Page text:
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Healthy Joints – Protect Them, Or Risk Losing Them

By Ryan Pitts, MD, Orthopedic Surgeon, Sports Medicine, on staff at Missouri Baptist Medical Center
Posted: June 2011

You climb the stairs and notice your knees are aching, again. You grab the bag of groceries and your shoulder aches, again. Sound familiar? 

A joint is where two bones meet. Most joints, when they move, produce a lubricating fluid that helps bones move without friction. When there’s no joint movement, there’s no fluid going into the joint.  After awhile, it takes more movement to get it flowing again. To keep your joints healthy, stay active. 

Joint pain is the #1 reason people visit my office. Many of my patients are overweight. Some are too busy to come in for evaluation.  Others are just “over-doers” when it comes to exercise. They’ve been told to push through the burn and then wonder why they ache. That’s when they begin to experience acute injury, causing chronic inflammation of the tendons. Your body can only take so much. People need to know when to back off.

If a joint swells and is stiff, don’t put additional strain on the joint. It needs rest for seven to 10 days with ice every 20 minutes for the first 24 to 48 hours. If it doesn’t get better, then see your primary care physician to evaluate the condition.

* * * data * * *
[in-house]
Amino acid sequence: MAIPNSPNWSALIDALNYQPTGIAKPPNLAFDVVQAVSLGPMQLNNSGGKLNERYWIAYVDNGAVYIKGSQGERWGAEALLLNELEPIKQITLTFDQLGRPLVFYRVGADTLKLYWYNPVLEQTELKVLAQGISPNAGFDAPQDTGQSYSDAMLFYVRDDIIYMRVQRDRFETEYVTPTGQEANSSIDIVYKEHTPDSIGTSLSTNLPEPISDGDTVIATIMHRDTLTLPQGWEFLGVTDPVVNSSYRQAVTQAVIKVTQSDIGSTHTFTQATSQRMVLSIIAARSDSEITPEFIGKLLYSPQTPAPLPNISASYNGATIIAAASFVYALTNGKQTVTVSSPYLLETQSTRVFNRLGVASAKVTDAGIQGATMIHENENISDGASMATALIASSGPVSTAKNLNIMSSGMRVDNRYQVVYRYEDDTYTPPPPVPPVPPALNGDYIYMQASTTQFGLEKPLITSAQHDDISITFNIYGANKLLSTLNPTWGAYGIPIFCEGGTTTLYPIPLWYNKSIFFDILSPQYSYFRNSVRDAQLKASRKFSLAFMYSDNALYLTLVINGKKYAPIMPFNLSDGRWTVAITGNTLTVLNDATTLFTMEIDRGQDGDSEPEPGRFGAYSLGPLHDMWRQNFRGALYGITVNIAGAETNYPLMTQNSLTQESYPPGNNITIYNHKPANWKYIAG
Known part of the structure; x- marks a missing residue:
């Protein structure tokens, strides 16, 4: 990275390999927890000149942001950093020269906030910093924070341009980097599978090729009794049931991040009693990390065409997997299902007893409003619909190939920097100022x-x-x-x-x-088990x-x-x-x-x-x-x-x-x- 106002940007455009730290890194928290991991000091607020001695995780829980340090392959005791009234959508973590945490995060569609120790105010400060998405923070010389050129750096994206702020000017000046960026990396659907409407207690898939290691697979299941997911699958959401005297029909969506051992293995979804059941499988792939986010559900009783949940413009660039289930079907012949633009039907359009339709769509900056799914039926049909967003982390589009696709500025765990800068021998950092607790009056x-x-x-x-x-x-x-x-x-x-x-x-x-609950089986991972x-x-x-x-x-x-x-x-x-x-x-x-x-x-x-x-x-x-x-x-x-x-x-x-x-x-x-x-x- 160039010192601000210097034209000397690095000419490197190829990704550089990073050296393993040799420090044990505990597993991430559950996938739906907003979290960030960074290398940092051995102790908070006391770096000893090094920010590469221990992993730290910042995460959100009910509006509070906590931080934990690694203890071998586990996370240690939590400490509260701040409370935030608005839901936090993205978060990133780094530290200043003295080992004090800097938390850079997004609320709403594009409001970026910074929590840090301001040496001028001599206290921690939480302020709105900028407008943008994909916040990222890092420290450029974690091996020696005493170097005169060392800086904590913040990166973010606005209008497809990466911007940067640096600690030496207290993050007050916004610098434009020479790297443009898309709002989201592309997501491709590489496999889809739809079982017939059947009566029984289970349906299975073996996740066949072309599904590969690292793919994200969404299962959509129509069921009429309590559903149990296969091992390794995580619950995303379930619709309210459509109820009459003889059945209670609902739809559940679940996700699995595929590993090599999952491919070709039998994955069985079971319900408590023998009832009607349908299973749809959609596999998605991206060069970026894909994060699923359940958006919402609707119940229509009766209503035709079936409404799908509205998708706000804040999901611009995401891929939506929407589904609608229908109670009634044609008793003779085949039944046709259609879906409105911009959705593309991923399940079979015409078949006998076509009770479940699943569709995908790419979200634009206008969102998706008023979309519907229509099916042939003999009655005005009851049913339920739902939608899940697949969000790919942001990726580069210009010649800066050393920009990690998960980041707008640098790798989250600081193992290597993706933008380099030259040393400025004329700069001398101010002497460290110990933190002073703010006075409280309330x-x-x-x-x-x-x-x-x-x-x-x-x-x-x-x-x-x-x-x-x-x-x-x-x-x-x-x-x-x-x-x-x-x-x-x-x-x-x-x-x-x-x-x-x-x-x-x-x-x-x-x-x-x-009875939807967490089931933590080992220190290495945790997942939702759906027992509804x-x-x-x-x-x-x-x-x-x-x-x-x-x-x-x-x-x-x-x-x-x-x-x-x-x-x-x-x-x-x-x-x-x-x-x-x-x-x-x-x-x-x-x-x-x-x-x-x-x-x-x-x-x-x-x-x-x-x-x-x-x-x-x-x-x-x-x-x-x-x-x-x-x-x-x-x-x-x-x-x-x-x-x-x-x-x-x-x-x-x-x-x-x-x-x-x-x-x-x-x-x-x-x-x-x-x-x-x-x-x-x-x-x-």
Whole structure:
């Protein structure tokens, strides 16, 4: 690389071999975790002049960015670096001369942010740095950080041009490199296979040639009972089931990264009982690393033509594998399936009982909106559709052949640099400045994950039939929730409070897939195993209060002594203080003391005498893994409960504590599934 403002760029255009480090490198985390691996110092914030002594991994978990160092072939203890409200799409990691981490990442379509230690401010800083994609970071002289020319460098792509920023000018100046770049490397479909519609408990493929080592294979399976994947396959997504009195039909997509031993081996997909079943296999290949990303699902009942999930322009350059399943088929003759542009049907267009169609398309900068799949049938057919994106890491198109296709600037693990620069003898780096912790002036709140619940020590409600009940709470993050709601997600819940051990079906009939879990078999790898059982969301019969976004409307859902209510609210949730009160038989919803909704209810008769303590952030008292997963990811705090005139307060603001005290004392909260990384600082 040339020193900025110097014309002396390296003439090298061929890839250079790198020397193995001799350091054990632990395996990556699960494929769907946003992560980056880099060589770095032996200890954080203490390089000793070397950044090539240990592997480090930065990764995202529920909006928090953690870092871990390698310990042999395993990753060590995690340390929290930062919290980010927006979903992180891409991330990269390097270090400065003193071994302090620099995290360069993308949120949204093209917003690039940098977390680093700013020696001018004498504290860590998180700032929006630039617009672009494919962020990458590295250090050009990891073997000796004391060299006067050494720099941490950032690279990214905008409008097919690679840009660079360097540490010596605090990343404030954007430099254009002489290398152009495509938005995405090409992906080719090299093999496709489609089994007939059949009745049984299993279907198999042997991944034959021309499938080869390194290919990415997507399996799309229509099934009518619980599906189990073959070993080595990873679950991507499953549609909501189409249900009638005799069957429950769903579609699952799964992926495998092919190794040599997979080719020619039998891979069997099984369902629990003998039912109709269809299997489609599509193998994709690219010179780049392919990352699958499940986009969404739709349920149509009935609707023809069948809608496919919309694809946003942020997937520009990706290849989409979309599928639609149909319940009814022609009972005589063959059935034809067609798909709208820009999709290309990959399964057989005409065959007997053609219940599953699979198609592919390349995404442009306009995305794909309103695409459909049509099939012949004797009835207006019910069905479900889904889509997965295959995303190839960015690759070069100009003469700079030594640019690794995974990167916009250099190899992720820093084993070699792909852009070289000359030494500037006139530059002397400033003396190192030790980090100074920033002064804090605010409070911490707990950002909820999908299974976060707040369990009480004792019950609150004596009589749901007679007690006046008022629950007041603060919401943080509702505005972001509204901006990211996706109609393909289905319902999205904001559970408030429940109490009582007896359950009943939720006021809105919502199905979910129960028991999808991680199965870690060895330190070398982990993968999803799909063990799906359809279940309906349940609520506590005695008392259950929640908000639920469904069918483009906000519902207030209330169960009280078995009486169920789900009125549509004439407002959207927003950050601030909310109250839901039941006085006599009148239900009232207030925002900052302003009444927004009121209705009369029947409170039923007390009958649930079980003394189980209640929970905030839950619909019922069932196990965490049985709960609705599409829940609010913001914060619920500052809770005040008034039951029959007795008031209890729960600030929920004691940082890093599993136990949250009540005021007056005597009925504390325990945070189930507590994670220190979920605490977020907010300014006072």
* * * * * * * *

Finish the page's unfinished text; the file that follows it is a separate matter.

What Causes Wear and Tear?

Minor joint injuries, such as a twist. 

Inflammation sets in at the injury and releases chemicals that destroy cartilage.

Loss of muscle mass.  Exercise regularly, or your joints, rather than your muscles, will absorb pressure and resistance, which will further damage joints. 

Excess weight. The more body mass on  joints, the more damage. Losing 15 pounds can decrease knee pain by 50 percent.

It’s amazing what people will put up with for long periods of time.  Some people wait three months to two years with painful conditions before visiting their physician. By that time, they’re only able to walk a half-block and they ache at night.

Injuries need to be evaluated when they first occur, not when arthritis has set in and the cartilage in the joint is damaged.  Do not overlook any issue that limits your activities. Have it checked when you first notice it.

Keeping Your Joints in Shape

Always check with your doctor before beginning any new exercise or eating plan to discuss what’s appropriate for you.

Maintain a healthy weight. It helps to reduce small tears in supporting tissues that break down cartilage.

Vary your exercise to reduce stiffness.  I call it cross training. Try low or no-impact aerobic exercises twice a week mixed with strength exercises, stretching and relaxation. 

Use weight training to strengthen your muscles and ligaments. They surround the joint and will protect it from damage.

Ice your joints after exercise.  If you ice for approximately 10 minutes, this will prevent swelling and assist in managing pain. 

Eat a healthy diet rich in omega-3 fatty acids.  This may help to reduce joint pain, and also reduce inflammation.

Staying active and maintaining a healthy weight are key to keeping your joints moving.

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